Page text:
Originally a German and Irish neighborhood, and later Czech, Pilsen’s vibrant street life -- now filled with taco joints, bodegas, and thrift stores -- masks a broader struggle. With higher-than-average crime, increased development, and changing demographics, many consider the neighborhood ripe for gentrification. Moving south and west in the city, many Latinos have planted new roots in Little Village, affectionately called “La Villita” by the locals.

Broader demographic and neighborhood changes place the future of historic mural art into question. Can Pilsen hold onto its legacy of mural art given the increased pressures of development, the ephemeral nature of artwork exposed to the elements, and a shift in thinking of younger generations away from the lasting relevance of mural art?... Read More →

The National Trust for Historic Preservation works to save America's historic places. Join us today to help protect the places that matter to you.

Guest Writer

Although we're always on the lookout for blog content, we encourage readers to submit story ideas or let us know if you've seen something that might be interesting and engaging for a national audience. Email us at editorial@savingplaces.org.

[Preservation Tips & Tools] Find Funding for Emergency/Intervention Preservation Projects

Posted on: October 28th, 2014 by National Trust for Historic Preservation No Comments

 

Written by Diana Maxwell, Associate Manager, Grants

Unexpected damage to a historic building can be devastating, and figuring out the next steps can be overwhelming. The good news: The National Trust for Historic Preservation’s Emergency/Intervention Fund (E/I) Grants might be able to help.

While our Grants team hopes you never have a reason to ask about E/I Funds, a grant for planning from the National Trust could be just what you need to kickstart a campaign to return a building to use post-disaster.

This toolkit shares how you can apply for (and hopefully receive) an E/I grant. While funding is limited, we want to help as much as we can, so check out the steps and see if your project fits the bill.... Read More →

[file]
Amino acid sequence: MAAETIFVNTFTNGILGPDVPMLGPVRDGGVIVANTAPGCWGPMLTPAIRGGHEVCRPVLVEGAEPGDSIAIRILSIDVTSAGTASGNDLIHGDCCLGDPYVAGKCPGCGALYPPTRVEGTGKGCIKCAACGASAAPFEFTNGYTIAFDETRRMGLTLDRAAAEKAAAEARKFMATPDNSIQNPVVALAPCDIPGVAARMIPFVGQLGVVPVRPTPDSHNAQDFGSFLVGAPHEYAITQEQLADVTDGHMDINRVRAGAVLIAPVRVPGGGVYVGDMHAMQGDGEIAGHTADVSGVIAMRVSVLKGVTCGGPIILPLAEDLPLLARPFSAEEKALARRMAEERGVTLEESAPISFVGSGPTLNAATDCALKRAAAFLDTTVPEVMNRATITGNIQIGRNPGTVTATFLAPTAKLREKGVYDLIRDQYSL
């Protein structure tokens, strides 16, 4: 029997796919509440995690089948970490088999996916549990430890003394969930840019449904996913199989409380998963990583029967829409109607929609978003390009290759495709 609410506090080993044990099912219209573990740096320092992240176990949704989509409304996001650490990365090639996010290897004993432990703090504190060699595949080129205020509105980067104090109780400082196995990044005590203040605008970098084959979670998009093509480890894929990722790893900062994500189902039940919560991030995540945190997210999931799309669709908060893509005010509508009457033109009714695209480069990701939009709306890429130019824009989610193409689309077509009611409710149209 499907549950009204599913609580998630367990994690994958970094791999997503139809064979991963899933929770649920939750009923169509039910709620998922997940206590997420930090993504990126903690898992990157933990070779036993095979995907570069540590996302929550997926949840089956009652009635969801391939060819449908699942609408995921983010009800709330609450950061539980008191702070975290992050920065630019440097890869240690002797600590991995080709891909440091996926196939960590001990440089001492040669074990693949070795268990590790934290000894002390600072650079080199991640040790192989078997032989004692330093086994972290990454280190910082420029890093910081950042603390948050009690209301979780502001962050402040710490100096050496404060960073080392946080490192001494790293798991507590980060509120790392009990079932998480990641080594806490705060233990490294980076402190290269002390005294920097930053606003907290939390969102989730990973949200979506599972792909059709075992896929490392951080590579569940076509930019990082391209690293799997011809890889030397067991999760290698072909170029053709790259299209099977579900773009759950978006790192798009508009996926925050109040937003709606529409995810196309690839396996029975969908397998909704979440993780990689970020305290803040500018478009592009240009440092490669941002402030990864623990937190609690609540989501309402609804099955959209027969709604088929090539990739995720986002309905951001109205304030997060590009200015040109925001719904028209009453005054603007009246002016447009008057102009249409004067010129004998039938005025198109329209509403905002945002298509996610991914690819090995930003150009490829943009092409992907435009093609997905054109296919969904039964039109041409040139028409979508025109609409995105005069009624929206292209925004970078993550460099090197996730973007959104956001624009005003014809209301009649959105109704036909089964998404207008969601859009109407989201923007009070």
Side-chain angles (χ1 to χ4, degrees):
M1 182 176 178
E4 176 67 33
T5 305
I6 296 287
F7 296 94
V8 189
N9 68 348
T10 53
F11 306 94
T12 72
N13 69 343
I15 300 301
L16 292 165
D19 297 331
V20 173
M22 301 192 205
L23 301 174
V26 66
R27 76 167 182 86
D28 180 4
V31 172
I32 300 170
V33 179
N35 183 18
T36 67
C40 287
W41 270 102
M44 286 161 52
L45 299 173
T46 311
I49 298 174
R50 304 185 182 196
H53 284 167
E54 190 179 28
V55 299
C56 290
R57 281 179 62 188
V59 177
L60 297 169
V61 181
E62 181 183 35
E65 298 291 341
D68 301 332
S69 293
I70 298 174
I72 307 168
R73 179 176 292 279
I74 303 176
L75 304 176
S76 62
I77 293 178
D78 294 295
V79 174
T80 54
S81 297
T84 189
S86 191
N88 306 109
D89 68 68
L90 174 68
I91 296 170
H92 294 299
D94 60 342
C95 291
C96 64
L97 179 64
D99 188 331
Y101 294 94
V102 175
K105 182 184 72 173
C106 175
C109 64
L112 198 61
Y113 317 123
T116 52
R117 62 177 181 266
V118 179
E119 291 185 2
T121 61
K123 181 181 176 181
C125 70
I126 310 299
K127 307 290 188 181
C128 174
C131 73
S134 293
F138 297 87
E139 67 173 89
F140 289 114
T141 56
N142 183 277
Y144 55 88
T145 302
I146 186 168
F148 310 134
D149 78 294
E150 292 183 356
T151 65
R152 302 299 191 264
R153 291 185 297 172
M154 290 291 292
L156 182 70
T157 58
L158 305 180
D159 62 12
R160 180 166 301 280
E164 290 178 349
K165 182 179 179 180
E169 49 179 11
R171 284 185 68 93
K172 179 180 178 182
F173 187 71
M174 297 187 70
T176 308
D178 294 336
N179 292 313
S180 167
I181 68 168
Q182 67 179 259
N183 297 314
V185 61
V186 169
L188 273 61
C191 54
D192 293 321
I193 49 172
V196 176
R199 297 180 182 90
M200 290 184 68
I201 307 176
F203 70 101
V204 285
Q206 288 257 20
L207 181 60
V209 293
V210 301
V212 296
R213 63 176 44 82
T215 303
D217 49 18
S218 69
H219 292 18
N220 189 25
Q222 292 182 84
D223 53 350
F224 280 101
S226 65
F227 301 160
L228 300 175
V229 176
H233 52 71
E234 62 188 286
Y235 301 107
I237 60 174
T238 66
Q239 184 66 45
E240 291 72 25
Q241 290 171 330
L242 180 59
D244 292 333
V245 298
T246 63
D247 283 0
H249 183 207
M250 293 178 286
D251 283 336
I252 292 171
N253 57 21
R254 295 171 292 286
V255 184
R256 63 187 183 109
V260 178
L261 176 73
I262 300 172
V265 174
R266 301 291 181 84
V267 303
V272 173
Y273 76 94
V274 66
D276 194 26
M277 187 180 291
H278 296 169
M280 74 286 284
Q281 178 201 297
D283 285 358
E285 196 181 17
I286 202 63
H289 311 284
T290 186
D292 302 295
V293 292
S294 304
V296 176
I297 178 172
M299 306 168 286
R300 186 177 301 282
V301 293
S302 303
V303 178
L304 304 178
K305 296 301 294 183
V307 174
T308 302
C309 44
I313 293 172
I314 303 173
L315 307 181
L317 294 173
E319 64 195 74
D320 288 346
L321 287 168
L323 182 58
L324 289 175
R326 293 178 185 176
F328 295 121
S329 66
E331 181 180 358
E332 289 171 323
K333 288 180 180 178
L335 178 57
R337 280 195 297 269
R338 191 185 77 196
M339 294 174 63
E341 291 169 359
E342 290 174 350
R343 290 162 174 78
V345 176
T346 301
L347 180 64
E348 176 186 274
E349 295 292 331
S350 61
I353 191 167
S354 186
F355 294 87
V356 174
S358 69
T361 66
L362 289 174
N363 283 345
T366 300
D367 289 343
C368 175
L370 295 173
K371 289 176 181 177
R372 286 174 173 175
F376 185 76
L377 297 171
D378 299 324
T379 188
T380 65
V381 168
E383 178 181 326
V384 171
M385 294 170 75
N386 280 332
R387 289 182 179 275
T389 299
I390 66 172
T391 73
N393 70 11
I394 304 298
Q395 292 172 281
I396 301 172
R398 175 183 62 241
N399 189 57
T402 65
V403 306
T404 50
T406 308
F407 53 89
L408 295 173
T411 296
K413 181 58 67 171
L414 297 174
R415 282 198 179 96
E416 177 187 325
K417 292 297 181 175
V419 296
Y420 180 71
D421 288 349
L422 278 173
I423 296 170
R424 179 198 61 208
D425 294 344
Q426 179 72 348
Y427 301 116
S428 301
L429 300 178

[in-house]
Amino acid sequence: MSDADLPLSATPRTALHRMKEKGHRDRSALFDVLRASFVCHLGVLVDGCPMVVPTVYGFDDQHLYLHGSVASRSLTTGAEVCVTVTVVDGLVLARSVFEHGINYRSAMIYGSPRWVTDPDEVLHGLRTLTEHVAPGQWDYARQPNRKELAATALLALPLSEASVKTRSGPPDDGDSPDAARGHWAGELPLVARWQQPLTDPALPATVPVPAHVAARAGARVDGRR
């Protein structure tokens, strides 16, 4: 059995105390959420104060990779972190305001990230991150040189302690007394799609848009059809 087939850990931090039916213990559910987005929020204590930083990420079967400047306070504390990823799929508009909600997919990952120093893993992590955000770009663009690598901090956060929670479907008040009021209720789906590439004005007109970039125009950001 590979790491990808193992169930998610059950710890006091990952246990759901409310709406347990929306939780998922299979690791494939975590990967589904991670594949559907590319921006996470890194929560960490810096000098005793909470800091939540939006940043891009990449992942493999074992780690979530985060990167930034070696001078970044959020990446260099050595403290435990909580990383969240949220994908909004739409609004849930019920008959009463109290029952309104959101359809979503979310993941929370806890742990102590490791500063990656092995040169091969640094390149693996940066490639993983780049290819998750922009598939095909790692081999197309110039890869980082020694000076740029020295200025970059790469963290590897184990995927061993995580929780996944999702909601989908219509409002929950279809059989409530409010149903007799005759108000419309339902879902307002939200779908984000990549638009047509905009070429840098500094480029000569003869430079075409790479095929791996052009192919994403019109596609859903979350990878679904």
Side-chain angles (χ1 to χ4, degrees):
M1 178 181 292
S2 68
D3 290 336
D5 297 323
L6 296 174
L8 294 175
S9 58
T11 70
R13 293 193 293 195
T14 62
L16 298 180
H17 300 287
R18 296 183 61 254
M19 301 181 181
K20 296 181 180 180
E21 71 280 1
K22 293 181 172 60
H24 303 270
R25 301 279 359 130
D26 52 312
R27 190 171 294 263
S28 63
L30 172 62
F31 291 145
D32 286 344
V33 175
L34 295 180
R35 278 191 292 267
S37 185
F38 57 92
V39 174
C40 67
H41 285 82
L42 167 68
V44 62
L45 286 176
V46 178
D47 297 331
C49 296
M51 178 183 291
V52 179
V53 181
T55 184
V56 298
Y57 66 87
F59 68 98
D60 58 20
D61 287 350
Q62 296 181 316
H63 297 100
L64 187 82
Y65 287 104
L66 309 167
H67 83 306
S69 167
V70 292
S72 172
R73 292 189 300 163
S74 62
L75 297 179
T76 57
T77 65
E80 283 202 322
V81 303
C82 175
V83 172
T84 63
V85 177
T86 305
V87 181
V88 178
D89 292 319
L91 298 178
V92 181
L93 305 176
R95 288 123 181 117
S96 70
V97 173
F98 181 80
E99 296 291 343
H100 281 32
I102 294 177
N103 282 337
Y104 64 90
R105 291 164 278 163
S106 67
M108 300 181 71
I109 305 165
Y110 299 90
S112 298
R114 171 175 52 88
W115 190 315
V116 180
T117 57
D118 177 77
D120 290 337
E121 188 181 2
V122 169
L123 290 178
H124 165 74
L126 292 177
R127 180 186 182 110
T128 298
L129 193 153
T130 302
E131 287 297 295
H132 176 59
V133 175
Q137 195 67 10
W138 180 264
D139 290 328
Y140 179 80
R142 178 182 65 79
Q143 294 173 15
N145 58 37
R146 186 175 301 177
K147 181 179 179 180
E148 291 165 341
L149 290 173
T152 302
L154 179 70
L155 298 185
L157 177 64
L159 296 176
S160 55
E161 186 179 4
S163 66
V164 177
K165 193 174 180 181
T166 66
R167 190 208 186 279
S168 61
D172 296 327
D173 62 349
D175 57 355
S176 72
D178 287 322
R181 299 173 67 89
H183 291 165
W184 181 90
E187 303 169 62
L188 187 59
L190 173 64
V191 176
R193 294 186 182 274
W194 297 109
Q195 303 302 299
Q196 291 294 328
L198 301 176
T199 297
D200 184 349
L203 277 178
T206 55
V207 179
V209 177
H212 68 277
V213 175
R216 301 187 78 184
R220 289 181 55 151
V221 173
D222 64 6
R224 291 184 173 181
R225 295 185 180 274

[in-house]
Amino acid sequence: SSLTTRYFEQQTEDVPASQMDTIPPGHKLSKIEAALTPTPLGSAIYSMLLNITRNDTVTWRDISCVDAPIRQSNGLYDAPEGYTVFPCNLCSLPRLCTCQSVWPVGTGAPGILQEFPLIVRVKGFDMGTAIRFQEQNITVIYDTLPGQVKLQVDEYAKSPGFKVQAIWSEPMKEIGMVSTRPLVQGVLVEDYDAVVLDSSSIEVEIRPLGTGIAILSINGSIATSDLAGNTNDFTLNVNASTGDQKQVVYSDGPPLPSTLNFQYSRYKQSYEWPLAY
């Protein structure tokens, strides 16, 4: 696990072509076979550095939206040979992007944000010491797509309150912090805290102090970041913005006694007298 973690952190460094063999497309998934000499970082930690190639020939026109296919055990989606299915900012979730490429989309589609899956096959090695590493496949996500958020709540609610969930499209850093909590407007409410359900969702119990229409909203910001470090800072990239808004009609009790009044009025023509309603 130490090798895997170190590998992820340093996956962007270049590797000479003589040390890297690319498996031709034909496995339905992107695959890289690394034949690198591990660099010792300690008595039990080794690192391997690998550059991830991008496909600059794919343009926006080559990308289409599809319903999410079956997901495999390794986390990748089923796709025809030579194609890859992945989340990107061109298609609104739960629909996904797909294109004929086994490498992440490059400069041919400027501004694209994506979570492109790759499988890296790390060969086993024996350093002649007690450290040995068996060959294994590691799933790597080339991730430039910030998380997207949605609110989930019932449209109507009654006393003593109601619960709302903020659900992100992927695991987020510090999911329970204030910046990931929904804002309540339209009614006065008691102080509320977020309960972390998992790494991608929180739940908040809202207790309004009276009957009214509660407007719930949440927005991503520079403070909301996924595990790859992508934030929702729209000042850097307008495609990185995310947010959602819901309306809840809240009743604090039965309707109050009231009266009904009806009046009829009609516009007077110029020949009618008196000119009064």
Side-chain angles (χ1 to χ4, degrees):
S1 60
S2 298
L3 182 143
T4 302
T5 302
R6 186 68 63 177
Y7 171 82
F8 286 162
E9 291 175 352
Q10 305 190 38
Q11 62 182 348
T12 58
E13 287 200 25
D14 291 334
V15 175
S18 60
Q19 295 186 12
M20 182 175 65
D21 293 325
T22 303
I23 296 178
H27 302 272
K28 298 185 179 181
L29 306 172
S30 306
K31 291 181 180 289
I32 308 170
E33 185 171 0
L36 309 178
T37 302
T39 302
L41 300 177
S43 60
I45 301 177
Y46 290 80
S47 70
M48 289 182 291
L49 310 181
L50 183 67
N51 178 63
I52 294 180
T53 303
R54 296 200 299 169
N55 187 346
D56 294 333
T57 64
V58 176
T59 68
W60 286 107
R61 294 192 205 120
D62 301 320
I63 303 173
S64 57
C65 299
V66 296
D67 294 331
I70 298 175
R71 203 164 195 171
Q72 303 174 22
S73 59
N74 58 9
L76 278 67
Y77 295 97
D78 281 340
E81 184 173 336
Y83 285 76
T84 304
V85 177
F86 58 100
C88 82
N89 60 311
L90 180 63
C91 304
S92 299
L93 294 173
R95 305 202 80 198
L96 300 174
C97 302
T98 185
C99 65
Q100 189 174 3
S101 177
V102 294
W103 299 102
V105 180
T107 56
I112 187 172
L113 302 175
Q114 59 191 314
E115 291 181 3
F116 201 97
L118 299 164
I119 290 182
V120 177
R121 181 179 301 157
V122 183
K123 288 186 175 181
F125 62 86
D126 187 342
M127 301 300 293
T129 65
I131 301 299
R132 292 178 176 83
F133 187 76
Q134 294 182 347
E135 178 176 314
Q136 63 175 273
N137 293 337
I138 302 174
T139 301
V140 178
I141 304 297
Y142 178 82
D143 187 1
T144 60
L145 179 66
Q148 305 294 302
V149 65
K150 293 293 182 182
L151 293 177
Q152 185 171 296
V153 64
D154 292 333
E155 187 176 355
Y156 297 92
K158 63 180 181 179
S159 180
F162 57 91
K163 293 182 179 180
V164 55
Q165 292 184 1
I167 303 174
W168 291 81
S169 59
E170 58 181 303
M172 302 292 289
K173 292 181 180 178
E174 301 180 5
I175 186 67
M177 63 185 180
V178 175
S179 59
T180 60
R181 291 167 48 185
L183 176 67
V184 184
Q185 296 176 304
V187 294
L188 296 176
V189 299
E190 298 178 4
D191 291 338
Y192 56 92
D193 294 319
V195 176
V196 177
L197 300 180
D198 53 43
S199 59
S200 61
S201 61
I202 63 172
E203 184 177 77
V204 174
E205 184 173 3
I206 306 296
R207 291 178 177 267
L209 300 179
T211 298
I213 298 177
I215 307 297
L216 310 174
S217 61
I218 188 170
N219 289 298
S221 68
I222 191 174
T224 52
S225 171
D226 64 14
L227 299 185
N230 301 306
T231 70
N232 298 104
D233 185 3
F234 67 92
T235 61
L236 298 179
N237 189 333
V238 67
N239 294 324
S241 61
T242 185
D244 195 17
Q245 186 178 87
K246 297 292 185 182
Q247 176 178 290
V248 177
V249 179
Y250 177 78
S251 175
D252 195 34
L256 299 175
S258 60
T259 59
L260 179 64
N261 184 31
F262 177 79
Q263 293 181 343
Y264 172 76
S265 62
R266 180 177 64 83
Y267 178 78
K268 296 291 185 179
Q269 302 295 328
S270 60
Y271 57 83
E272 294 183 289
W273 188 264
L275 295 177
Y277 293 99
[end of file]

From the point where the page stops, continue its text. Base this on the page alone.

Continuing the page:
The National Trust for Historic Preservation works to save America's historic places. Join us today to help protect the places that matter to you.

National Trust for Historic Preservation

National Trust for Historic Preservation

The National Trust for Historic Preservation, a privately funded non-profit organization, works to save America's historic places.

 

Choreographer Hattie Mae Williams and her dance troupe, The Tattooed Ballerinas, are presenting site-specific performances at two historic sites in Miami: Miami Marine Stadium and the Venetian Pool in Coral Gables.
Choreographer Hattie Mae Williams (left) and her dance troupe, The Tattooed Ballerinas, are presenting site-specific performances at two historic sites in Miami: Miami Marine Stadium and the Venetian Pool in Coral Gables.

Miami native Hattie Mae Williams is on a mission to change how we see public spaces. And she’s set her sights on her hometown.

Through her Miami Sites Project, Williams, a recipient of a 2013 Knight Arts Challenge Miami grant, is celebrating two of her city’s iconic, historic sites: Miami Marine Stadium and the Venetian Pool in Coral Gables, which is celebrating its 90th birthday this year.

Her method? Dance.... Read More →

The National Trust for Historic Preservation works to save America's historic places. Join us today to help protect the places that matter to you.

Lauren Walser

Lauren Walser

Lauren Walser is the Los Angeles-based Field Editor at Preservation magazine. She enjoys writing and thinking about history, art, architecture, and public space.